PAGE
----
If you own (say) 25% of the shares in a private company which is worth (say) £1 million, what do you think will happen to those shares on your death? Michael Cutler, senior partner and head of private client work at Colemans Solicitors LLP, has the answer.
You probably expect that they will go to your widow (not a sexist assumption, it just simplifies the language here), who will be able to sell them to someone for £250,000.
It doesn’t work like that.
The typical company ‘mem and arts’ will say that she must first offer them to your fellow shareholders, at a price to be set by the company accountant.
They don’t have to buy them. They don’t need them to run the company and, if they take money out of the company in directors’ remuneration rather than through dividends, they could even cut the income stream to the shares.
Even if they do want to do the decent thing by your widow, where are they going to find £250,000?
Under the typical ‘mem and arts’, if the other shareholders do not take up your widow’s offer, she is then free to sell the shares on the open market.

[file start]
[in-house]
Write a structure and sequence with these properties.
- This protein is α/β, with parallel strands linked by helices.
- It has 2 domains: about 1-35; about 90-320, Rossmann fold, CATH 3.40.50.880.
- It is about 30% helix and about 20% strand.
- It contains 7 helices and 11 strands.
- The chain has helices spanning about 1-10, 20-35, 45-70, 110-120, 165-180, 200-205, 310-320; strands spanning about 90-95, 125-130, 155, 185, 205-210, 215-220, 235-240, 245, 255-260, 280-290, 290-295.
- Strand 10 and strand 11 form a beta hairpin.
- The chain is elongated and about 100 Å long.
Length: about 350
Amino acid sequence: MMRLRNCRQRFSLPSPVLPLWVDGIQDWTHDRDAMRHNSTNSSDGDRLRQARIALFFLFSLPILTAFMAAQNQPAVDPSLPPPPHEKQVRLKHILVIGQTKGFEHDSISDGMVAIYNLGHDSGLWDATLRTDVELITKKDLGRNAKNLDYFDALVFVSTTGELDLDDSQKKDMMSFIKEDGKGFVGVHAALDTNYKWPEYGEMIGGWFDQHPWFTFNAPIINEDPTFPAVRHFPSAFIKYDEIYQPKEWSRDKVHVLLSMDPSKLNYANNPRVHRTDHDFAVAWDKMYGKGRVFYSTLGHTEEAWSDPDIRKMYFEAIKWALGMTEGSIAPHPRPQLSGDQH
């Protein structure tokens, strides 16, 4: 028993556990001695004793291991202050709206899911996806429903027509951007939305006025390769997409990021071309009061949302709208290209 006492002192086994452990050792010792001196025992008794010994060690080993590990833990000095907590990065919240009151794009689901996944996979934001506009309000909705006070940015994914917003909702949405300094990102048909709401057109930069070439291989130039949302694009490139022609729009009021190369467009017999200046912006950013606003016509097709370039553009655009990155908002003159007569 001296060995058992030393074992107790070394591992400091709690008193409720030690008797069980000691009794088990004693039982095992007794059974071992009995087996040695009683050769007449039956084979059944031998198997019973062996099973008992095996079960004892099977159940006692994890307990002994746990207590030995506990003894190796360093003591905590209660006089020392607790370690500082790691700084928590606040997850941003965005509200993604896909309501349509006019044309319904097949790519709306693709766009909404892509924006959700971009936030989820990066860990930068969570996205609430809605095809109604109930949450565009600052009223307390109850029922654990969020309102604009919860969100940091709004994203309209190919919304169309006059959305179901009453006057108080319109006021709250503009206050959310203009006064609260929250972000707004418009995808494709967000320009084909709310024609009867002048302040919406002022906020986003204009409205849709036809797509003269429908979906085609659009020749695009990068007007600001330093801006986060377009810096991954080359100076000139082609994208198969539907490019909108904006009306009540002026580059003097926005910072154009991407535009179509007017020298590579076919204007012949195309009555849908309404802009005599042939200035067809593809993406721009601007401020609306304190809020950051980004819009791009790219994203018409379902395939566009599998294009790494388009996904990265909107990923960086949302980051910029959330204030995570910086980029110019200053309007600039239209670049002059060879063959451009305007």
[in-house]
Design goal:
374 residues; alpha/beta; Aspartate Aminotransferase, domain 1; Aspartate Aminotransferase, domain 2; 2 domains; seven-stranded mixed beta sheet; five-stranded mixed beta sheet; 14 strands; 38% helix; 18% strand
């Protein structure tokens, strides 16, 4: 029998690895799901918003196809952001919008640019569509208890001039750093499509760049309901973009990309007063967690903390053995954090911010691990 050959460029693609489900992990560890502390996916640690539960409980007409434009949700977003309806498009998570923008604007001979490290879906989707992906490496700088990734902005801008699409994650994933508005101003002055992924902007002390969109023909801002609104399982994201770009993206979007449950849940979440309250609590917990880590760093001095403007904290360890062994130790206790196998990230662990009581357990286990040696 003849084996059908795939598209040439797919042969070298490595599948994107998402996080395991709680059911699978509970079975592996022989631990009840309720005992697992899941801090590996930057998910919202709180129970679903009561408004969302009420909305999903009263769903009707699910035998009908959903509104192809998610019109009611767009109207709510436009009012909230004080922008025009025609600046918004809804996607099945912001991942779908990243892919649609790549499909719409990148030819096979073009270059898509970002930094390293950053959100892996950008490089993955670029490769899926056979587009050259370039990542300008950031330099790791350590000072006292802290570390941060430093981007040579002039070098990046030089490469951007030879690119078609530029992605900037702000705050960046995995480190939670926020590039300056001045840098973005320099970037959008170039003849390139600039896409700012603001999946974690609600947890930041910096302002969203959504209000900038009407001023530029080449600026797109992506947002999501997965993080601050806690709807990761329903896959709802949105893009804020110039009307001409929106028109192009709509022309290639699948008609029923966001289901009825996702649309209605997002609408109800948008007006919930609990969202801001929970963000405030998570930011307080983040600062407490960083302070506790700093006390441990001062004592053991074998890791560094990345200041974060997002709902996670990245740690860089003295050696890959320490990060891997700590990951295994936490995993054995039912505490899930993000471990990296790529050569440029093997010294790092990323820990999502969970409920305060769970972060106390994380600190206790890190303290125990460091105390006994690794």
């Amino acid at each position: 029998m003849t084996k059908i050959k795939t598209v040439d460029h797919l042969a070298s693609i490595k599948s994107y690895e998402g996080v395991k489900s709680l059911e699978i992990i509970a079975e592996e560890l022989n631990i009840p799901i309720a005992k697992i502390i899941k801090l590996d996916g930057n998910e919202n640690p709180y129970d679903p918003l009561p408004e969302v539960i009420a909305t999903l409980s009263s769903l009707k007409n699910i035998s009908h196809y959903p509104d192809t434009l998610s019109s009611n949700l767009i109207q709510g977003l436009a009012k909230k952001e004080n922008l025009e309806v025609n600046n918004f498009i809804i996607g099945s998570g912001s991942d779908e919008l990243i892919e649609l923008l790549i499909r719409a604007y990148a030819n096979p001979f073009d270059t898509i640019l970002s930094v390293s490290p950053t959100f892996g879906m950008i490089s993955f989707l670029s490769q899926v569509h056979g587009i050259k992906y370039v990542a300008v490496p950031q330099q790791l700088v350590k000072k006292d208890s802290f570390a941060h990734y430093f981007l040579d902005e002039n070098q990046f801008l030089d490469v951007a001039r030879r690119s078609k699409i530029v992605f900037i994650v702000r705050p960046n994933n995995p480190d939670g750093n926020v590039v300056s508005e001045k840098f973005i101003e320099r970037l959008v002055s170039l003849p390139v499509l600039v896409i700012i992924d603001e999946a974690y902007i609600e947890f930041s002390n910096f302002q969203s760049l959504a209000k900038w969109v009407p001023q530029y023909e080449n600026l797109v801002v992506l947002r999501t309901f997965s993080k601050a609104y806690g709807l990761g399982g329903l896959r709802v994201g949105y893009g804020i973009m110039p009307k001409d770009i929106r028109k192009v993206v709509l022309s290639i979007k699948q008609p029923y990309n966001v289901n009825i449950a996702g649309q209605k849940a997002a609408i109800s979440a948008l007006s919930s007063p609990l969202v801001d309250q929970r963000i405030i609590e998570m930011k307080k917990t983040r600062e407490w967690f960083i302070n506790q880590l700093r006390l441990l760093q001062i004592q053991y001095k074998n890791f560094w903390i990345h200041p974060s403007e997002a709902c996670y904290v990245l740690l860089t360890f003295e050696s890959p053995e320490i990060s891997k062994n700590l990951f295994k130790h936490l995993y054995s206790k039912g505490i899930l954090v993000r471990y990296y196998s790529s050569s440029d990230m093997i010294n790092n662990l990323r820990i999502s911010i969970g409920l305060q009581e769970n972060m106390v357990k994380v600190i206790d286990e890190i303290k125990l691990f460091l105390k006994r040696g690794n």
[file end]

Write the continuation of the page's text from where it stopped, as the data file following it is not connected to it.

But there is no market for a minority shareholding in a private company. Your shares are worthless.
Perhaps one of the other shareholders will take pity on your widow and offer her a few thousand pounds to take them off her hands. Not at all what you (or, probably, she) expected.
The only way to guarantee that your widow can sell your minority shareholding and get full value for it, is for you and the other shareholders to enter into something called a cross-option agreement.
If the job is done properly, your widow will get her £250,000 after your death with no fuss or stress, and it will be insulated from 40% inheritance tax when she dies, and for at least another generation after that.
If you want to know more about this, ask your accountant, your financial adviser or your solicitor. But, if they have not already told you about this, you might be better off asking Michael Cutler, who wrote this article.